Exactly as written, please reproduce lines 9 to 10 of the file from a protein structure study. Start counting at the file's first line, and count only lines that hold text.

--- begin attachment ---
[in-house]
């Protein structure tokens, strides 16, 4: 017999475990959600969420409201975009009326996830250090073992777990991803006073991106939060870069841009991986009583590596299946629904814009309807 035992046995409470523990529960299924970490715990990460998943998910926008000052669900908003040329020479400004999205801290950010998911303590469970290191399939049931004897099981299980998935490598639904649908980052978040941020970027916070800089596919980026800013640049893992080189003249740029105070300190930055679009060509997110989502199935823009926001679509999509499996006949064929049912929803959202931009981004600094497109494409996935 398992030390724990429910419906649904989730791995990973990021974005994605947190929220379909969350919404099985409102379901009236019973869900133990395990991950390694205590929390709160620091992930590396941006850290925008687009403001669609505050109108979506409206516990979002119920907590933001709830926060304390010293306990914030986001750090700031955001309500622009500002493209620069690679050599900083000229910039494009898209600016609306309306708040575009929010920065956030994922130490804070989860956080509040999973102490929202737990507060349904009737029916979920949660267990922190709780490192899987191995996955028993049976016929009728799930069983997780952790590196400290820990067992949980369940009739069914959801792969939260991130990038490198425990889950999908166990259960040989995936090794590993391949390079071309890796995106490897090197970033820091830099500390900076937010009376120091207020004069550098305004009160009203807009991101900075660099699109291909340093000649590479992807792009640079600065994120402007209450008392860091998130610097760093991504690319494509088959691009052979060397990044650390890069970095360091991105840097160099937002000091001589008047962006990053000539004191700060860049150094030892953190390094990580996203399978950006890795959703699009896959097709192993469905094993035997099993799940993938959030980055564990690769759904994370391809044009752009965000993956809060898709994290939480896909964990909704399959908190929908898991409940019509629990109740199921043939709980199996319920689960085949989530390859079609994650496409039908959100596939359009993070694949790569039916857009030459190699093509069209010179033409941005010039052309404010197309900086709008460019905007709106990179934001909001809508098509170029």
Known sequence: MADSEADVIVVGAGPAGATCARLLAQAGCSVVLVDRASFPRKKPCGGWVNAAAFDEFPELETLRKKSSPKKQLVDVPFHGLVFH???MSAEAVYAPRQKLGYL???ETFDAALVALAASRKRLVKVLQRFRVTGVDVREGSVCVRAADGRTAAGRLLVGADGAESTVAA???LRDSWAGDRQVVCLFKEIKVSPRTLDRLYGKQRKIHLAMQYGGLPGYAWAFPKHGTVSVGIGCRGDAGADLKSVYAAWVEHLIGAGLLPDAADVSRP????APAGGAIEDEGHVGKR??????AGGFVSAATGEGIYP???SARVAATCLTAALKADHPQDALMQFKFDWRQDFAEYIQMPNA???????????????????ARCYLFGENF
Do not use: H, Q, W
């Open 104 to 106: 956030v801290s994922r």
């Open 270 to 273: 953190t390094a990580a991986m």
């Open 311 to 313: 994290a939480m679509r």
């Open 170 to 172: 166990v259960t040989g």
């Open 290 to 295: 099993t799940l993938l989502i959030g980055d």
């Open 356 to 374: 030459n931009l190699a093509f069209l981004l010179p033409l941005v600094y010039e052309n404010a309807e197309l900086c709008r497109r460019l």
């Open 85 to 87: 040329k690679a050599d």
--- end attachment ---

């Open 290 to 295: 099993t799940l993938l989502i959030g980055d």
């Open 356 to 374: 030459n931009l190699a093509f069209l981004l010179p033409l941005v600094y010039e052309n404010a309807e197309l900086c709008r497109r460019l």